Bed-sores are most frequently met with in old and debilitated patients, or in those whose tissues are devitalised by acute or chronic diseases associated with stagnation of blood in the peripheral veins. Any interference with the nerve-supply of the skin, whether from injury or disease of the central nervous system or of the peripheral nerves, strongly predisposes to the formation of bed-sores. Prolonged and excessive pressure over a bony prominence, especially if the parts be moist with skin secretions, urine, or wound discharges, determines the formation of a sore. Excoriations, which may develop into true bed-sores, sometimes form where two skin surfaces remain constantly apposed, as in the region of the scrotum or labium, under pendulous mammę, or between fingers or toes confined in a splint.
Clinical Features.—Two clinical varieties are met with—the acute and the chronic bed-sore.
The acute bed-sore usually occurs over the sacrum or buttock. It develops rapidly after spinal injuries and in the course of certain brain diseases. The part affected becomes red and congested, while the surrounding parts are œdematous and swollen, blisters form, and the skin loses its vitality (Fig. 24).
In advanced cases of general paralysis of the insane, a peculiar form of acute bed-sore beginning as a blister, and passing on to the formation of a black, dry eschar, which slowly separates, occurs on such parts as the medial side of the knee, the angle of the scapula, and the heel.
The chronic bed-sore begins as a dusky reddish purple patch, which gradually becomes darker till it is almost black. The parts around are œdematous, and a blister may form. This bursts and exposes the papillę of the skin, which are of a greenish hue. A tough greyish-black slough forms, and is slowly separated. It is not uncommon for the gangrenous area to continue to spread both in width and in depth till it reaches the periosteum or bone. Bed-sores over the sacrum sometimes implicate the vertebral canal and lead to spinal meningitis, which usually proves fatal.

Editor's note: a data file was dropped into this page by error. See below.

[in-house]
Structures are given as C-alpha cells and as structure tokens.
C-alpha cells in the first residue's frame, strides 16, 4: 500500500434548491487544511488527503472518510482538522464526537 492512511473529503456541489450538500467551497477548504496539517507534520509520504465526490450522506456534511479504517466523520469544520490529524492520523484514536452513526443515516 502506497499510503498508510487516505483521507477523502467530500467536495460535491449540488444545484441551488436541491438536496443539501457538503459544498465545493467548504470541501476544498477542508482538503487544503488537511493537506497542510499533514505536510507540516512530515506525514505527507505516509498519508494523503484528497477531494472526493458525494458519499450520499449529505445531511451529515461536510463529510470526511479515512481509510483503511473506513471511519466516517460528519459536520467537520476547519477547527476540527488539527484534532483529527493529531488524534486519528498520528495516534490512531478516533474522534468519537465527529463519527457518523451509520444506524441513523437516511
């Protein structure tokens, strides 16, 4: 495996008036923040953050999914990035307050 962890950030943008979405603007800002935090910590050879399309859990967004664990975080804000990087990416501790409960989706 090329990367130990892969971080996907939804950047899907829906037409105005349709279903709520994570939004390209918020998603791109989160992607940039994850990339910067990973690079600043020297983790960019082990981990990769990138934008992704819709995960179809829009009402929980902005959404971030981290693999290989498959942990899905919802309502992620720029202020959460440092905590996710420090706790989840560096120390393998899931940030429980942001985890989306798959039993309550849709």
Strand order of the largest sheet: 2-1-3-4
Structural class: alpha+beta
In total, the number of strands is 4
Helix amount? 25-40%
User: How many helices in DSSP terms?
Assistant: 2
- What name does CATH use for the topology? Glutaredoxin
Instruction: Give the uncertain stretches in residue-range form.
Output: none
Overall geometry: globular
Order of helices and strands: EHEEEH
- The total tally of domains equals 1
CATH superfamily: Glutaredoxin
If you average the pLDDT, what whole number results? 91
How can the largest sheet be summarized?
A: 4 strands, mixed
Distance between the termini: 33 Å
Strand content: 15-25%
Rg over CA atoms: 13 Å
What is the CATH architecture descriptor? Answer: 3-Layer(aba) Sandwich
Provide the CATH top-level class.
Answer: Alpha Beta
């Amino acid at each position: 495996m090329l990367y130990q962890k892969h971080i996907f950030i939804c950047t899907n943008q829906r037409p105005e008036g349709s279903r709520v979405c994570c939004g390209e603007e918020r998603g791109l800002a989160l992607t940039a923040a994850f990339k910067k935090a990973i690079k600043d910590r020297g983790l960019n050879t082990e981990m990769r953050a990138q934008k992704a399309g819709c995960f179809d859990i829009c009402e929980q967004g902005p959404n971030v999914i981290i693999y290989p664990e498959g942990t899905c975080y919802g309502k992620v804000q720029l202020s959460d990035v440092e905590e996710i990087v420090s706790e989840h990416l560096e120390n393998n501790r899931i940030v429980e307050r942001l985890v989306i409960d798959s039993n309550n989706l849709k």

In old and debilitated patients the septic absorption taking place from a bed-sore often proves a serious complication of other surgical conditions. From this cause, for example, old people may succumb during the treatment of a fractured thigh.
The granulating surface left on the separation of the slough tends to heal comparatively rapidly.
Prevention of Bed-sores.—The first essential in the prevention of bed-sores is the regular changing of the patient's position, so that no one part of the body is continuously pressed upon for any length of time. Ring-pads of wool, air-cushions, or water-beds are necessary to remove pressure from prominent parts. Absolute dryness of the skin is all-important. At least once a day, the sacrum, buttocks, shoulder-blades, heels, elbows, malleoli, or other parts exposed to pressure, must be sponged with soap and water, thoroughly dried, and then rubbed with methylated spirit, which is allowed to dry on the skin. Dusting the part with boracic acid powder not only keeps it dry, but prevents the development of bacteria in the skin secretions.
In operation cases, care must be taken that irritating chemicals used to purify the skin do not collect under the patient and remain in contact with the skin of the sacrum and buttocks during the time he is on the operating-table. There is reason to believe that the so-called “post-operation bed-sore” may be due to such causes. A similar result has been known to follow soiling of the sheets by the escape of a turpentine enema.
Treatment.—Once a bed-sore has formed, every effort must be made to prevent its spread. Alcohol is used to cleanse the broken surface, and dry absorbent dressings are applied and frequently changed. It is sometimes found necessary to employ moist or oily substances, such as boracic poultices, eucalyptus ointment, or balsam of Peru, to facilitate the separation of sloughs, or to promote the growth of granulations. In patients who are not extremely debilitated the slough may be excised, the raw surface scraped, and then painted with iodine.
Skin-grafting is sometimes useful in covering in the large raw surface left after separation or removal of sloughs.